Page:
For some, this has been done since spring, but there’s still time for some scholarship applications!
Are you loving college, but feel like you spend too much time stressed out about paying for it? Well, you may be able to let off some pressure with a focused scholarship search. There are millions of scholarship dollars out there. The trick is just taking the time to find them and apply—it’s definitely an investment worth making.
The Money Tree
If money really did grow on trees, the scholarship tree would be one with a whole lot of branches. Think of it this way: The more branches you shake, the better chance of finding some choice apples. Scholarships—awards of money that do not have to be repaid—can come from a wide range of sources, both locally and nationally, and eligibility can be based on wide range of criteria. You may qualify for an award based on:
• academic merit
• athletic ability
• leadership or service experience
• intended field of study
• intended career
• minority status
• national or ethnic background
• state of residence
• employer of a parent of family member
• religious affiliation
Think about the things that make you stand out—they may just qualify you for a scholarship.
Where Does the Money Come From?
From public institutions to private companies to individual donors, scholarship money can come from just about anywhere, and all sources are worth investigating. Consider:
• Colleges – Consult with the financial aid offices at the schools to which you are applying to find out what’s available.
• Federal, state, local governments – For federal money, contact the Federal Student Aid Information Center at 800-4-FED-AID or online. For links to your state aid agency, click here.
• Private companies – Look particularly at your parents’ workplaces, which may offer special scholarship programs
• Unions and professional organizations
• Lodges and clubs
Top Strategies for Raking in the Dough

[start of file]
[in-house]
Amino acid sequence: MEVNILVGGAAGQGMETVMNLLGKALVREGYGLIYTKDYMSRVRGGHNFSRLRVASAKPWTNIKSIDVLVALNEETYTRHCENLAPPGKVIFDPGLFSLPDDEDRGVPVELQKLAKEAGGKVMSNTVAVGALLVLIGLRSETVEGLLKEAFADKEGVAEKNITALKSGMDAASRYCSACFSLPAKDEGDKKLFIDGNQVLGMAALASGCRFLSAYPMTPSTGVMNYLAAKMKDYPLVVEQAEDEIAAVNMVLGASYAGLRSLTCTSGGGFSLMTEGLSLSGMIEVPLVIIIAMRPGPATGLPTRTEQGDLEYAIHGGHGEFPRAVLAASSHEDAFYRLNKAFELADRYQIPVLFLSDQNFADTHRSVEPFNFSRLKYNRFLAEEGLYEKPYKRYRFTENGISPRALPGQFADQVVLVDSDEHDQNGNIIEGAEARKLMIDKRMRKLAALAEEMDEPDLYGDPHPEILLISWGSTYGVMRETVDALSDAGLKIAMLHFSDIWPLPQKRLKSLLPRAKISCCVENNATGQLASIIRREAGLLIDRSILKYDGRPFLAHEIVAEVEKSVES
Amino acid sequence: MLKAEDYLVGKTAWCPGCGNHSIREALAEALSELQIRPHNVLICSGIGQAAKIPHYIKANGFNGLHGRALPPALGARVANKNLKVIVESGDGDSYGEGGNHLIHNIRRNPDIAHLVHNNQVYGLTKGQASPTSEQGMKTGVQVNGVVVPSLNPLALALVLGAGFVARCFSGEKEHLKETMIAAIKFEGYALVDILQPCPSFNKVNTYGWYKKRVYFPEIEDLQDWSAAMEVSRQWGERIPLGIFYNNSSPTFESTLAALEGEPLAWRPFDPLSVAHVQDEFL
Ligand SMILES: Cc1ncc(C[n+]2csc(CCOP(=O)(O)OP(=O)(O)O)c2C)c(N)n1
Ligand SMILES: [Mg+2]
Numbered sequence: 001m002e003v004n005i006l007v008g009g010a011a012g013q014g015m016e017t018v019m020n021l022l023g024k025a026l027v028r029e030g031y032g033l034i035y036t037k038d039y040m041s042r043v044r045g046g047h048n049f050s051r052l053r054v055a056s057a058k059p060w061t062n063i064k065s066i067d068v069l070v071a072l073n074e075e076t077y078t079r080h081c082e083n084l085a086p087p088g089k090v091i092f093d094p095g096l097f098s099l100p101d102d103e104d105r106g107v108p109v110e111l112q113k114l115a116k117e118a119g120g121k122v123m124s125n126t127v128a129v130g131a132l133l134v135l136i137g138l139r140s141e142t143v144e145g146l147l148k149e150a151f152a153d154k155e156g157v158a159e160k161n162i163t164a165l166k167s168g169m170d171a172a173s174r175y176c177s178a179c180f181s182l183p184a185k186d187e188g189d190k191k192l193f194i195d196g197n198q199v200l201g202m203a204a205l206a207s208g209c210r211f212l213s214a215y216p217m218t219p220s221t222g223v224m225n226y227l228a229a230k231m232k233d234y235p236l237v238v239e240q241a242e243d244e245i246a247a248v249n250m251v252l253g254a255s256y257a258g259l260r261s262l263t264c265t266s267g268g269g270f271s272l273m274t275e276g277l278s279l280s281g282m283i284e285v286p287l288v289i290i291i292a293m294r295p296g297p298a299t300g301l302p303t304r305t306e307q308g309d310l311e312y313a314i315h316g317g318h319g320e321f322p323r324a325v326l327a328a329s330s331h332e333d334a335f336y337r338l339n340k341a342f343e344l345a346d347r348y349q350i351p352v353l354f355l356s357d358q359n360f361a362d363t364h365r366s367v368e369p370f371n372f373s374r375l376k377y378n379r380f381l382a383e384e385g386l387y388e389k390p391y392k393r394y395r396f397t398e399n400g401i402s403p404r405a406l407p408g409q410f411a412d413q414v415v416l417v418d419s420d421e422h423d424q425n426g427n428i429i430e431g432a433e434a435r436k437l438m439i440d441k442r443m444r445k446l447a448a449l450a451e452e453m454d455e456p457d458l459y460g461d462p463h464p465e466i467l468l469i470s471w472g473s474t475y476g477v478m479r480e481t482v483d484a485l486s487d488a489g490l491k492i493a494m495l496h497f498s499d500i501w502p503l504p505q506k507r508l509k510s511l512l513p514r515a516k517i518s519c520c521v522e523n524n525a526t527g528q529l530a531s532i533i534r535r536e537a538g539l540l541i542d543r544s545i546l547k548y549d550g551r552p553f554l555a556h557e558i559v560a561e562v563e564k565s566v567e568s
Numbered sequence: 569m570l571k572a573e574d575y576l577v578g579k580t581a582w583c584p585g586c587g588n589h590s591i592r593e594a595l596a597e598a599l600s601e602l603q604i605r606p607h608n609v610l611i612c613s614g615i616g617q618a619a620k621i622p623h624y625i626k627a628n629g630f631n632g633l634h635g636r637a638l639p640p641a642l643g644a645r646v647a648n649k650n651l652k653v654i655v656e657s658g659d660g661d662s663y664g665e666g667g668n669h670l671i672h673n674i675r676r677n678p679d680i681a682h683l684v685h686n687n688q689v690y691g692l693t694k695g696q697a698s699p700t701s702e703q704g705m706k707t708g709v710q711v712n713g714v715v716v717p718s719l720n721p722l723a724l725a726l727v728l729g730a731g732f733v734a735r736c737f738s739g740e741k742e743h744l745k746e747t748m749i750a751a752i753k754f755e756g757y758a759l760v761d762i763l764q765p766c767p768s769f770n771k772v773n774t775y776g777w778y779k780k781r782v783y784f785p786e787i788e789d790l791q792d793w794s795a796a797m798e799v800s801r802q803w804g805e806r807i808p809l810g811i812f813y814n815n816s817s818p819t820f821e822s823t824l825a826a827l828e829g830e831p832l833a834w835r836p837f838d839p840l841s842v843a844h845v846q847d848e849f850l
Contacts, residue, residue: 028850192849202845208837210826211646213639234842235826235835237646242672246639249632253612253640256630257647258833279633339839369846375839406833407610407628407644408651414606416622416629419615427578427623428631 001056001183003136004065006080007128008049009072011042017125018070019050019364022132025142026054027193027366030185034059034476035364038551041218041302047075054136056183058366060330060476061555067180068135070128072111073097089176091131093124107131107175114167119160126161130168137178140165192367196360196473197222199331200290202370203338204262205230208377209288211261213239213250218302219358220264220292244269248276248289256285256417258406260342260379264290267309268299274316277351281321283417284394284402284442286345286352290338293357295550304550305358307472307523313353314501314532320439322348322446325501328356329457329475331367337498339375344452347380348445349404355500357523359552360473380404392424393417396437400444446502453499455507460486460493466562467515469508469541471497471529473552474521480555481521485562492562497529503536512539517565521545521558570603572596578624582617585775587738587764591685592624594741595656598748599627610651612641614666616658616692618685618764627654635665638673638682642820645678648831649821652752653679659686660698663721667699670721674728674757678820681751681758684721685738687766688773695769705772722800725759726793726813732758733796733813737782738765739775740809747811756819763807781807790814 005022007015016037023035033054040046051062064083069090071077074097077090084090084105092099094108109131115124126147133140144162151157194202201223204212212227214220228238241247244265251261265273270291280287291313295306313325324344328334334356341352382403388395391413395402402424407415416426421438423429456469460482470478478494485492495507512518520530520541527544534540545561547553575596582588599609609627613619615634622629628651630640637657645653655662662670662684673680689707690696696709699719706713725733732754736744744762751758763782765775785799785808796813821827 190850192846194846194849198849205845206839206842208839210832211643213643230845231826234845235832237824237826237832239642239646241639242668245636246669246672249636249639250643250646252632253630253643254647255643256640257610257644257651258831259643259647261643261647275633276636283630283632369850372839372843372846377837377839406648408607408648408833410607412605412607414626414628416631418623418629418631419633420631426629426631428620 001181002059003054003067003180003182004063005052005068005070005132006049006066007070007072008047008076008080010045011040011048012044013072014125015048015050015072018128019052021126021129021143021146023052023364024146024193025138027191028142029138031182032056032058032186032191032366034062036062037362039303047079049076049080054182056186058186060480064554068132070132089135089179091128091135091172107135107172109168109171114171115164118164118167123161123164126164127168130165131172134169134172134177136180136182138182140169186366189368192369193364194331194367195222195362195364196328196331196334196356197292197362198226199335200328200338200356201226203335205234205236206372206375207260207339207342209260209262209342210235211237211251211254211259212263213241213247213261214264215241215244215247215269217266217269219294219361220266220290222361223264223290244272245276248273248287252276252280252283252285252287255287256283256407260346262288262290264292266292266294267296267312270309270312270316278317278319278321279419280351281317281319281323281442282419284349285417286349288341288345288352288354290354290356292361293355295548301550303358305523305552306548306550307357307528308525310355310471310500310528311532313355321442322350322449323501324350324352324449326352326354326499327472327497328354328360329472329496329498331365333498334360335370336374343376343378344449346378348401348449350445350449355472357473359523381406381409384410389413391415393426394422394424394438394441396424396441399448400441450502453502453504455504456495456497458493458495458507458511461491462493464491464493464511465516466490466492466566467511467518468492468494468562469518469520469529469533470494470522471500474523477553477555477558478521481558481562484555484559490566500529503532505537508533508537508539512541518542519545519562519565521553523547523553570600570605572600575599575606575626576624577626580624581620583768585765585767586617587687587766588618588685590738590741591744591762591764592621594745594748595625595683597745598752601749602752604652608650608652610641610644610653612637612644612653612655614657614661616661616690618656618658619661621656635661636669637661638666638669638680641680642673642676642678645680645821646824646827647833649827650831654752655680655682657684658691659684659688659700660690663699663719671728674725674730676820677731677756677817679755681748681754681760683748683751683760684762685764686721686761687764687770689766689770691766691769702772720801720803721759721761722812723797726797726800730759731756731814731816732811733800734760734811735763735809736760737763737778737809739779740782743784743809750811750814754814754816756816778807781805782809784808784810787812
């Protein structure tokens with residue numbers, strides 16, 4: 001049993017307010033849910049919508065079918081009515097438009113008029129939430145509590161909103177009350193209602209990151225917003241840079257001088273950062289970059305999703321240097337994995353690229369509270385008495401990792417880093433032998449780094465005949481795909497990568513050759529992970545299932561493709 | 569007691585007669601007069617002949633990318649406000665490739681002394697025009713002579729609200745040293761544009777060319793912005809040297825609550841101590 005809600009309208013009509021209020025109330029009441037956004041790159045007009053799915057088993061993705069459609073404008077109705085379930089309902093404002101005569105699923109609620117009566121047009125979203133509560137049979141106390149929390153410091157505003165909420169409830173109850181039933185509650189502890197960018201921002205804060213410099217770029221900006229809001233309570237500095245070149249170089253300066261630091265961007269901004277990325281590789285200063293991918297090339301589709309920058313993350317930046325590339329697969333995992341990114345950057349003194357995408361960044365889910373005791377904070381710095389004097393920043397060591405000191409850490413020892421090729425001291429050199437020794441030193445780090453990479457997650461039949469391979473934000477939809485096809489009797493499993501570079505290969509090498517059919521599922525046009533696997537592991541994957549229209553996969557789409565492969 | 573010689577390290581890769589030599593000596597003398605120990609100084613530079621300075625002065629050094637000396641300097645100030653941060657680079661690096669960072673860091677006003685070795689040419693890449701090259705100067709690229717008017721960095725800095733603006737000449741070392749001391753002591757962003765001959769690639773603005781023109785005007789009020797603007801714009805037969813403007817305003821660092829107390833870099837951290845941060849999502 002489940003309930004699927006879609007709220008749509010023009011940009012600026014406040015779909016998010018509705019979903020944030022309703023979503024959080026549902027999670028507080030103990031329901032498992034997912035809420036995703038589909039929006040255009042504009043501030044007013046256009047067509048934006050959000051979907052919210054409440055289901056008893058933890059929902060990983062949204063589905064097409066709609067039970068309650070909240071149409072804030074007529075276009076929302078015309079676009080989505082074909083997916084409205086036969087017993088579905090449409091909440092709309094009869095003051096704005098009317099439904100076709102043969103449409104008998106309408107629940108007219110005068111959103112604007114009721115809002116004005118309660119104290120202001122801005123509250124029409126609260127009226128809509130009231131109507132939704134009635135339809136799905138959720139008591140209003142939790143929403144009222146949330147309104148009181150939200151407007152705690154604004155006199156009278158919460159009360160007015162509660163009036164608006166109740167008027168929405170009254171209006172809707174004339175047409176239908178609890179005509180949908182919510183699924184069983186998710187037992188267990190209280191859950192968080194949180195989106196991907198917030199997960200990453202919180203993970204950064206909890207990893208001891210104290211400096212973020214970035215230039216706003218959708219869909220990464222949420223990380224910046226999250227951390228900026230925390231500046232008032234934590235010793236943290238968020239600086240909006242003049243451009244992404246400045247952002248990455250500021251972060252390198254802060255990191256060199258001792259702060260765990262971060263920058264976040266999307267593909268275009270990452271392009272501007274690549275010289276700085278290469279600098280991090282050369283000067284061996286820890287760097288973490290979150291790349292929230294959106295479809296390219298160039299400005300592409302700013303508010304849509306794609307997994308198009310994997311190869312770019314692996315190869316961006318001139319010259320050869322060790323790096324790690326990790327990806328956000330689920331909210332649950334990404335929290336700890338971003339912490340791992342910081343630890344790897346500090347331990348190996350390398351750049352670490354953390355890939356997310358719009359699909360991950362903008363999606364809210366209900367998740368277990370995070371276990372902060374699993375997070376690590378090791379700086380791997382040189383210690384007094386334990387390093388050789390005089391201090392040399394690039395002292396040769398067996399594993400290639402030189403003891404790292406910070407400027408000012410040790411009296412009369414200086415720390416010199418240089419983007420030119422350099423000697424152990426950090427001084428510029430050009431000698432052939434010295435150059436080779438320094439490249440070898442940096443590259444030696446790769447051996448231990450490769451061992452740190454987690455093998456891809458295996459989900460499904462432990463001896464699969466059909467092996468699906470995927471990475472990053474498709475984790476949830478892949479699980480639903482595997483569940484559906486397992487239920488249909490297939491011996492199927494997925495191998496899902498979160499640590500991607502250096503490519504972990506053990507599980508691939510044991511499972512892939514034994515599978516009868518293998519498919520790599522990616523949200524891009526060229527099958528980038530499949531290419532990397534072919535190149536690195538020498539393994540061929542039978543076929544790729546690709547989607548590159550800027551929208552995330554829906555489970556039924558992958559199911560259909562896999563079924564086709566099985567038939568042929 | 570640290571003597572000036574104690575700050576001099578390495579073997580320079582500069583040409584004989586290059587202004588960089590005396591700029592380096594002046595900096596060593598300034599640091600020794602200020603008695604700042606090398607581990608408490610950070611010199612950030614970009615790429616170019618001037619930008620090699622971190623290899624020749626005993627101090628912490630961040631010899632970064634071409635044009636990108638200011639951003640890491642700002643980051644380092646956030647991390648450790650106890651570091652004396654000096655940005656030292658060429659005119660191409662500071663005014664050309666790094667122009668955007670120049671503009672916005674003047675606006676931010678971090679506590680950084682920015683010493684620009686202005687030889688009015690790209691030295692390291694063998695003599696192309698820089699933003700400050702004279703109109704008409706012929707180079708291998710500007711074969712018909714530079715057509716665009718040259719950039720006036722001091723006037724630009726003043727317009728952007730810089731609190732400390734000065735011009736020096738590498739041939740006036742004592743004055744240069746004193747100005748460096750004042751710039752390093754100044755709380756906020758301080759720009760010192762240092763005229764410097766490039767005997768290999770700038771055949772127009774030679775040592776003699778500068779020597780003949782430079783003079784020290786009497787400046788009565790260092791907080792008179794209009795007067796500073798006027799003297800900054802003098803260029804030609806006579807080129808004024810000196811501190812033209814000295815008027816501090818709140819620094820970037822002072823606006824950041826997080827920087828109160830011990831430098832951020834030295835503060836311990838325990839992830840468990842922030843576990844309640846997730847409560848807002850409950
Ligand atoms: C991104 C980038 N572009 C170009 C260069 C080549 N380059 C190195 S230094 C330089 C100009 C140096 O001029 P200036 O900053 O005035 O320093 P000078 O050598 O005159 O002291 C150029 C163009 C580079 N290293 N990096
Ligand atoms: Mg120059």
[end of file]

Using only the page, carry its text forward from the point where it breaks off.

So you’re getting an idea of what the scholarship money tree looks like. Now how do you find them? Keep the following strategies in mind, and make use of as many of the online and print resources listed on this page as necessary.
• Start today. Scholarship applications are sometimes due as much as a year before the academic term, so starting early is critical.
• Visit the counselor’s office. You should find plenty of resources there, such as scholarship books and helpful staff members who can point you in the right direction.
• Stay organized and read applications carefully. Track your deadlines, scholarship deadlines and contact information, and keep it all in one place (consider a handwritten table or a spreadsheet in Microsoft Excel). Make sure you closely review the application requirements—the fastest way to disqualify yourself is forgetting part of the application.
• Try everything. Utilize more than one of the resources on this page, and consider all the possible sources of money listed above. The more feelers you put out, the better chance of finding success.
• Never pay for scholarship searches. Services that require a fee are less likely to be legitimate. You should be able to find all the scholarship information you need through free services.
For further background information or to learn more about scholarship scams, visit these helpful sites, as well as the online and print resources on this page:
• Federal Student Aid
• Federal Trade Commission
• National Association of Student Financial Aid Administrators (NASFAA)